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Apples and grains on 3 seperate strings

What is Carbohydrate Counting?

Carbohydrate counting is a system that is often used to help people with diabetes monitor their carbohydrate intake so that they can give themselves the correct amount of insulin or to help their oral medications work to their best efficiency. When you were first diagnosed, hopefully your physician referred you to a Registered Dietitian (RD) or Certified Diabetes Educator (CDE) to help you understand carbohydrate counting.

Why count carbs?

Each person has individual carbohydrate needs. An active teenager needs more calories and carbohydrates than a more sedentary adult. Your doctor should have given you a goal of carbohydrate exchanges per meal or per day to help guide your choices and make your insulin or medication as effective as possible.

Carbohydrates are foods that contain glucose. Glucose is important, as it is the primary energy source for our brain, as well as other bodily functions. When trying to discern how many carbohydrates are in a food, first check the serving size, then the total carbohydrates. The total carbohydrate number includes grams of sugar, added sugar, and fiber as well. If you plan to eat more or less than the stated serving size, you should adjust the amount of carbohydrates accordingly.

But what if you don’t have a nutrition label to read? Most produce does not have a label. Keep this easy-to-read list of common carbohydrates handy any time you are wondering about the content of your food! Some may vary depending on size and preparation of food.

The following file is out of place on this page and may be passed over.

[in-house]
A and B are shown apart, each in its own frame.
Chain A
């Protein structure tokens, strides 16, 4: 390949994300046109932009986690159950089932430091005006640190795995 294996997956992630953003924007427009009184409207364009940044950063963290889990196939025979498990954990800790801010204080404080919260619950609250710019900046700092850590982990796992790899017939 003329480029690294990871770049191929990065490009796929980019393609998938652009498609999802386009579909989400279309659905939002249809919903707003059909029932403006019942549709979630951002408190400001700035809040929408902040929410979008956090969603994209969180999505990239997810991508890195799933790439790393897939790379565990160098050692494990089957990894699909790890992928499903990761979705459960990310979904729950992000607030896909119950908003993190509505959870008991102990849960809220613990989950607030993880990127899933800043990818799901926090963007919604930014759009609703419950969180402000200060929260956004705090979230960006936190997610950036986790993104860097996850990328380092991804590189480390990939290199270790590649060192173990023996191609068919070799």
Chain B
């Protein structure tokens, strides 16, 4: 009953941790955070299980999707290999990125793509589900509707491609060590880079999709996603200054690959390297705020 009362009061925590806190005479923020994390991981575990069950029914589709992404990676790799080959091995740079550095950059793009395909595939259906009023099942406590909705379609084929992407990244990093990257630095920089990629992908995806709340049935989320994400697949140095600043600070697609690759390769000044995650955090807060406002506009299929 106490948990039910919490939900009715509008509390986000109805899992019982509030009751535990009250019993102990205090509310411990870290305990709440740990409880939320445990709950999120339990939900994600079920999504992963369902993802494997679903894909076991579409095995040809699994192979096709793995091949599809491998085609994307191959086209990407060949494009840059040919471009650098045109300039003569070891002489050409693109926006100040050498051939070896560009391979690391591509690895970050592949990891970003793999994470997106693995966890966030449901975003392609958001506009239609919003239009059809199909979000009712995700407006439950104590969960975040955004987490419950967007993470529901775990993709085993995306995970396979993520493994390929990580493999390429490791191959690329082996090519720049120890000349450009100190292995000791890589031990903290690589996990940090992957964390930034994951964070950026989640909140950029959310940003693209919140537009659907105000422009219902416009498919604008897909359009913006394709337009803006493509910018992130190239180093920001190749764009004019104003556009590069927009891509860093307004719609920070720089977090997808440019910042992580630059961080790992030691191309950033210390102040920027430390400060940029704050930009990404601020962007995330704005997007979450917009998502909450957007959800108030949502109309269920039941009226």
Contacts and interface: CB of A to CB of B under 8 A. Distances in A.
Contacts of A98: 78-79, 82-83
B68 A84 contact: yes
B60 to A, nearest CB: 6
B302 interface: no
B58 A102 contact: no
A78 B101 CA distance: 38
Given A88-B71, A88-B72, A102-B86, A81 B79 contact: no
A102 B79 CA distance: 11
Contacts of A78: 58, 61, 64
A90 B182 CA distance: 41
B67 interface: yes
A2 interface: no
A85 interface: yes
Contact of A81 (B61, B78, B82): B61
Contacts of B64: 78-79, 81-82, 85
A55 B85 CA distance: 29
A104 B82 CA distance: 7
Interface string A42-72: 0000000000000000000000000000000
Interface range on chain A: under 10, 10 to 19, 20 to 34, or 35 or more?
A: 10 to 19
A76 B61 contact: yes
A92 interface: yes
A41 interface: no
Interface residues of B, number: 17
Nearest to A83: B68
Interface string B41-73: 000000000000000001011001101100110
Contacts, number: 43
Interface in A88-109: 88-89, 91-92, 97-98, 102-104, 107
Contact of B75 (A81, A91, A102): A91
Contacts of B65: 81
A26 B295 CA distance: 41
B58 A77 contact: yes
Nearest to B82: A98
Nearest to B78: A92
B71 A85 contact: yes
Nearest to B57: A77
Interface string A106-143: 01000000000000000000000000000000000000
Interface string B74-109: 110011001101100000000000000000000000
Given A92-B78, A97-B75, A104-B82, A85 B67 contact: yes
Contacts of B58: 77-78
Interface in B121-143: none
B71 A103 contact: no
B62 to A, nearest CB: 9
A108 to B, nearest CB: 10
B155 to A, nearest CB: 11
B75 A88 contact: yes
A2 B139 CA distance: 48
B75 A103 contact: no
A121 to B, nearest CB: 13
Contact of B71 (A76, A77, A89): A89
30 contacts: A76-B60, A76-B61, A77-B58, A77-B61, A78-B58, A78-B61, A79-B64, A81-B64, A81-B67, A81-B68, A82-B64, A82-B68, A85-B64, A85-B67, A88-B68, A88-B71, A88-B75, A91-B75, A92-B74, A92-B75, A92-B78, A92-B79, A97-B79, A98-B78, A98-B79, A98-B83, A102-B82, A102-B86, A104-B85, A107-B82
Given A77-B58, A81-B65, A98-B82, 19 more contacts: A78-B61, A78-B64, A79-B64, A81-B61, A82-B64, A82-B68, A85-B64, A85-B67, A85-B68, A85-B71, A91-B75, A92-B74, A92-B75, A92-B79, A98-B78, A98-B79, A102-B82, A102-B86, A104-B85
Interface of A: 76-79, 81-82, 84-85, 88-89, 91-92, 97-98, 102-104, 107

How many carbs are there in different types of food?

Starchy vegetables

  • 1 medium potato = 51g carbohydrates
  • ½ cup mashed sweet potatoes = 32g carbohydrate
  • 1 ear of corn = 38g carbohydrate


  • 1 medium apple = 25g carbohydrate
  • 1 medium banana = 27g carbohydrate
  • 1 medium pear = 25g carbohydrate
  • 1 cup strawberries = 11g carbohydrate
  • ½ cup blueberries = 10g carbohydrate
  • ½ cup blackberries = 9g carbohydrate
  • 1 medium orange = 19g carbohydrate
  • ½ cup juice = 15g carbohydrate


  • 8oz milk = 15g carbohydrate
  • 6oz light yogurt = 15g carbohydrate
  • 8oz unsweetened almond milk = 6g carbohydrate

Grain-based carbohydrates

  • ¾ cup Kellogg’s Frosted Flakes® cereal = 27g carbohydrate
  • ¼ cup dry brown rice = 38g carbohydrate
  • ¼ cup dry white rice = 35g carbohydrate
  • 1 cup white pasta = 40g carbohydrate
  • 2 oz dry whole wheat pasta = 41g carbohydrate
  • 1 piece whole grain bread = 20g carbohydrate
  • 1 slice white bread = 20g carbohydrate
  • 1 whole bagel = 56g carbohydrate


  • 1/3 cup black beans = 15g carbohydrate
  • ½ cup cooked peas = 12.5g carbohydrate

Sweets and goodies

  • 1/12 of cake = 36g carbohydrate
  • One donut = 24g carbohydrate
  • ½ cup ice cream = 30g carbohydrate
  • Milky Way® fun size candy = 24g carbohydrate

Again, this is not an all-inclusive list, but has many popular carbohydrate options and servings. If you have any specific questions or concerns about carbohydrate counting, be sure to speak with your physician, registered dietitian, or certified diabetes educator.

This article represents the opinions, thoughts, and experiences of the author; none of this content has been paid for by any advertiser. The team does not recommend or endorse any products or treatments discussed herein. Learn more about how we maintain editorial integrity here.

  1. Netzer, Corrine T. The Complete Book of Food Counts. Random House, Inc. New York. 2012.


  • Samuel Taylor moderator
    8 months ago

    Hey Riddler!

    A thought for food! Quinoa has about the same carb content as white and brown rice (a little bit less per 1/2 cup), however it has more dietary fiber and almost double the protein.

    It’s always my go to grain!

    Samuel, Team